FAST FACTS: Who is new Supreme Court Chief Justice Lucas Bersamin?

MANILA, Philippines – President Rodrigo Duterte has chosen Lucas Bersamin as the new Supreme Court (SC) Chief Justice. 

He replaces Teresita Leonardo De Castro who retired on October 8, after a two-month leadership following the ouster of Maria Lourdes Sereno. 

Bersamin is appointed as top magistrate on his 9th year as associate justice. He’s the third most senior in the SC, after Senior Associate Justice Antonio Carpio and Associate Justice Diosdado Peralta.

He retires in October 2019, allowing him barely 10 months in his new post.

Long service

Then president Gloria Macapagal Arroyo appointed Bersamin to the High Court in April 2009 following the retirement of justice Adolfo Azcuna. 

He has been a member of the judiciary for more than 30 years. 

After engaging in private practice for more than 10 years, he was appointed as presiding judge of a Quezon City Regional Trial Court in 1986.  

As a trial court judge, Bersamin was awarded the Chief Justice Jose Abad Santos Award in 2002, and also earned awards for best decisions in civil law and criminal law in 2000.

In 2003, Bersamin joined the Court of Appeals. He was appointed to the SC 6 years later.

According to a Newsbreak story in 2015, Bersamin's good friend, Justice Peralta, endorsed him to Arroyo to join the bench.

Bersamin earned his law degree from the University of the East and joined the bar after taking the 9th spot in the 1973 Bar Examinations. He obtained his undergraduate degree in Political Science at the University of the Philippines Diliman in 1968. 

He has taught in various law schools, including his alma mater UE, Ateneo Law School, and the University of Santo Tomas Faculty of Civil Law.

Bersamin comes from a political family based in Abra. His brothers include former governor Eustaquio Bersamin and former congressman Luis Bersamin Jr who was assassinated in 2006.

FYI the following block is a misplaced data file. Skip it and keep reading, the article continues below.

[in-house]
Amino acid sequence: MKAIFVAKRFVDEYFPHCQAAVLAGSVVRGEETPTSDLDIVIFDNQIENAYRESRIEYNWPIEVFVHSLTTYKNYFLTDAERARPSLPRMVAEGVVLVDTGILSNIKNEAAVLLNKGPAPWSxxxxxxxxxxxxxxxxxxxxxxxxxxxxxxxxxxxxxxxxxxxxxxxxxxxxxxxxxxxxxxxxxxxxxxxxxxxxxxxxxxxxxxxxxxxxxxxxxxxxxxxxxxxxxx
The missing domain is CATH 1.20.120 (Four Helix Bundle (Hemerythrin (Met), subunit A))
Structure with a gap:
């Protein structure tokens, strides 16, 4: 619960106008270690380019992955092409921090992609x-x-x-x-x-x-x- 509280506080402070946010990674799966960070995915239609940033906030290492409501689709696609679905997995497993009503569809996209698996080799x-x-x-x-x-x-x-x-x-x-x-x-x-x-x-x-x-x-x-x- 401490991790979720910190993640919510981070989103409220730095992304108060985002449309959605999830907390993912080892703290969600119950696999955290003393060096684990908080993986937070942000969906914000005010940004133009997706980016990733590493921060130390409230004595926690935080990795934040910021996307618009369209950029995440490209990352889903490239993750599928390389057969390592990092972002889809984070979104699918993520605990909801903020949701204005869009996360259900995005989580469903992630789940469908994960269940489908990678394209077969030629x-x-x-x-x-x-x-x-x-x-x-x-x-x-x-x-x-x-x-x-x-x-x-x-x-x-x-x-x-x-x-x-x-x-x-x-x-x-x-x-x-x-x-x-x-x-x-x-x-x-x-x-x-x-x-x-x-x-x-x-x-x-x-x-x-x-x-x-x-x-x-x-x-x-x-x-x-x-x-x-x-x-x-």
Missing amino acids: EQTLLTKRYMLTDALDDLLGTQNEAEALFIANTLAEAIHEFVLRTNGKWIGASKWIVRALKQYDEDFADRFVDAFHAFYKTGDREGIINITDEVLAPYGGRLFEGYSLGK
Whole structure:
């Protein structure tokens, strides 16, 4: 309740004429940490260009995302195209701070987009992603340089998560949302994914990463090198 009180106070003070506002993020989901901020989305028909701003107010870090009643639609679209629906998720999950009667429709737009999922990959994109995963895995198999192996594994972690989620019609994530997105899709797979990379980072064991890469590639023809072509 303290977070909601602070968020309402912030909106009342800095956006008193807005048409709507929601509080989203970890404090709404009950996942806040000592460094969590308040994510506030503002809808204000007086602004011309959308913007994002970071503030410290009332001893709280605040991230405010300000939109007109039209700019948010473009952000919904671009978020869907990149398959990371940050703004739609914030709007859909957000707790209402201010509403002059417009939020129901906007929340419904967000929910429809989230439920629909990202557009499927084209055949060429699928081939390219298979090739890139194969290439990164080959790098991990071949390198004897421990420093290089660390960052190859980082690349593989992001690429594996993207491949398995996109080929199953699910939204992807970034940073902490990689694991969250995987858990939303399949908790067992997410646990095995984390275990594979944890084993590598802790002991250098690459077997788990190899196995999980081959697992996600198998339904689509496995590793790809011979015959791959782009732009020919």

SC performance

In 2015, Bersamin was placed in the spotlight as the ponente of a controversial SC ruling which granted bail to former senator Juan Ponce Enrile who is accused of plunder. His ties with high-profile lawyer Estelito Mendoza were questioned.  

Justice Marvic Leonen, in his dissent, revealed that the draft decision Bersamin submitted to the en banc for deliberations and voting was a different from what he circulated for signing. 

Bersamin’s other voting records on key SC decisions also shows he tends to lean towards the executive or politicians, and under the Duterte administration, towards the President.

He penned the decision acquitting Arroyo of plunder, voted to acquit former senator Jinggoy Estrada of plunder, and voted to allow a hero’s burial for the late dictator Ferdinand Marcos.

Bersamin also voted in favor of the administration in all cases involving Duterte's policies and actions. These include martial law in Mindanao, the arrest of opposition Senator Leila de Lima, and the ouster of Sereno. 

During the oral arguments before the SC on martial law in Mindanao, he pushed for a constitution that widens the criteria for proclaiming martial law to address current national security threats.

How will he steer the SC until his retirement in 2019? – Rappler.com

Jodesz Gavilan

Jodesz Gavilan is a writer and researcher for Rappler and its investigative arm, Newsbreak. She covers human rights and also hosts the weekly podcast Newsbreak: Beyond the Stories. She joined Rappler in 2014 after obtaining her journalism degree from the University of the Philippines.

image